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TEDTalks [electronic resource]: Sonaar Luthra - Meet the Water Canary

After a crisis, how can we tell if water is safe to drink? Current tests are slow and complex, and the delay can be deadly-as in the cholera outbreak after Haiti's earthquake in 2010. In this TEDTalk, TED Fellow Sonaar Luthra previews his design for a simple tool that quickly tests water for safety: the Water Canary.

Rise of the Superbugs [electronic resource]

Before the advent of antibiotics in the 1930s it was not uncommon for people to die of pneumonia or appendicitis, and medical procedures we now take for granted were impossible to perform due to the risk of deadly infection. It's hard to imagine returning to that era, but many believe that if the problem of drug-resistant bacteria is not sufficiently addressed, it's a future we'll have to face. This program examines the rise of superbugs, introducing patients with uncontrollable infections and visiting places where antibiotics misuse is breeding multi-drug resistance. In particular, the video looks at the case of India's NDM-1, an enzyme that is able to genetically modify bacteria to turn them into superbugs.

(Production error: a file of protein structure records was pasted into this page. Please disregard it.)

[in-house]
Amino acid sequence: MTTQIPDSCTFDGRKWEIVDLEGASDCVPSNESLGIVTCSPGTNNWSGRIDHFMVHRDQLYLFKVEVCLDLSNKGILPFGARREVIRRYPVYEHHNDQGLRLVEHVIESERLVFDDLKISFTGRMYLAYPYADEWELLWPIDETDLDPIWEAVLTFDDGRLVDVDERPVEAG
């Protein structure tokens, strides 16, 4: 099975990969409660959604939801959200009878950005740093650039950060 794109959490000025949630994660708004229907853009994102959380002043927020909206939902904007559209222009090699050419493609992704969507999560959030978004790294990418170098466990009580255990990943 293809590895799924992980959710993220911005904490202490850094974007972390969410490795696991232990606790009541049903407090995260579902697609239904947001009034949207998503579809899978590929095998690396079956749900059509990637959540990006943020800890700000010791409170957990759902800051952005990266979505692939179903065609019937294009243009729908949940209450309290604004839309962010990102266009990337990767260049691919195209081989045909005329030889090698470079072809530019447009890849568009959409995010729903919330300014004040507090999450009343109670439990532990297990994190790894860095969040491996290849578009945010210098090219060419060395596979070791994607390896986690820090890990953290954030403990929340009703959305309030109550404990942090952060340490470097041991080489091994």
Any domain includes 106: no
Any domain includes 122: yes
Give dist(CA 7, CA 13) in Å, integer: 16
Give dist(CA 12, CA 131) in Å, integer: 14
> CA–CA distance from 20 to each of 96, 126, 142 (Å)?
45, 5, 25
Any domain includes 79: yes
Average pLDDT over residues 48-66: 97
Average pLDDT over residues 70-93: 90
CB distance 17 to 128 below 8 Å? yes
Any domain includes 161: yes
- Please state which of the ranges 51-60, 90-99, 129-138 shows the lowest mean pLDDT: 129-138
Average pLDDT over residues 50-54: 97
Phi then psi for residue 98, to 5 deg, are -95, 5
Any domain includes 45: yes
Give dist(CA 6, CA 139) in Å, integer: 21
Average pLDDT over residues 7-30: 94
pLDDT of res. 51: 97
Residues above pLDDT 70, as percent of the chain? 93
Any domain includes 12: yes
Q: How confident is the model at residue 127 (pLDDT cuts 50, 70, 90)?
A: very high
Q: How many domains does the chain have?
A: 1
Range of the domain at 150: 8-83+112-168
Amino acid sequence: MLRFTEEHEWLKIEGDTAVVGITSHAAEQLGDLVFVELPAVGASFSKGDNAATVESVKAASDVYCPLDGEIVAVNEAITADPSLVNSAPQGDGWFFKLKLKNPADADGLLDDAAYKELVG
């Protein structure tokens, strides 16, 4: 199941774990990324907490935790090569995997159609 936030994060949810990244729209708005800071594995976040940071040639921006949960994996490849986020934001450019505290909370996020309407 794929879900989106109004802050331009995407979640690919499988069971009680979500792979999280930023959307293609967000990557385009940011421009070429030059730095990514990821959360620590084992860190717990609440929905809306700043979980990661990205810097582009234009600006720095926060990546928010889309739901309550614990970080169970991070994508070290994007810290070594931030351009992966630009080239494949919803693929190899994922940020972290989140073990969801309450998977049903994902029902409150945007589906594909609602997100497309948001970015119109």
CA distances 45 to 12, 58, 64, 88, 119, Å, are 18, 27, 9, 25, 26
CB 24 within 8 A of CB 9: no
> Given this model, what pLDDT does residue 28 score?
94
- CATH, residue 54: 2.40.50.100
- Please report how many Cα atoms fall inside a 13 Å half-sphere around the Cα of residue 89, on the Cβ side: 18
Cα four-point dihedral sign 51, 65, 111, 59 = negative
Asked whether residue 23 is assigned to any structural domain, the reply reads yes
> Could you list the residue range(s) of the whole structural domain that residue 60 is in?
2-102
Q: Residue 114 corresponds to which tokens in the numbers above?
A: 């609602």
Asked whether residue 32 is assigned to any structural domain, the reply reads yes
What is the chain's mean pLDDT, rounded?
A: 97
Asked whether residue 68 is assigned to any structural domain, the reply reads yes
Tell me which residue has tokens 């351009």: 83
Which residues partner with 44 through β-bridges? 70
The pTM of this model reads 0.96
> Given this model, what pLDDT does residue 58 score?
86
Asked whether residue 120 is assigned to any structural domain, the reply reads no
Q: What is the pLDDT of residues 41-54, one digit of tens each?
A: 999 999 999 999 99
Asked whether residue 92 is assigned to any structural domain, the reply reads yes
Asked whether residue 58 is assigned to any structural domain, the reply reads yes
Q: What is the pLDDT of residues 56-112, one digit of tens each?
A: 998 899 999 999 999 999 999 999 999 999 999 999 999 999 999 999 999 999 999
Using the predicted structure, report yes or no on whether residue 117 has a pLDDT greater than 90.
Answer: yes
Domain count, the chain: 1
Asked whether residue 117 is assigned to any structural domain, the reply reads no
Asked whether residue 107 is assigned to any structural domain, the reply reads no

Checkerboard Tech Detects Pathogens in 24 Hours [electronic resource]

The Lawrence Livermore Microbial Detection Array can identify viruses and food-borne pathogens within 24 hours.

Deadly Bacteria Go Viral [electronic resource]

Tricking the tuberculosis bacterium could save many people.

Exposing the Smallest Viruses [electronic resource]

What if illnesses could be detected even before symptoms?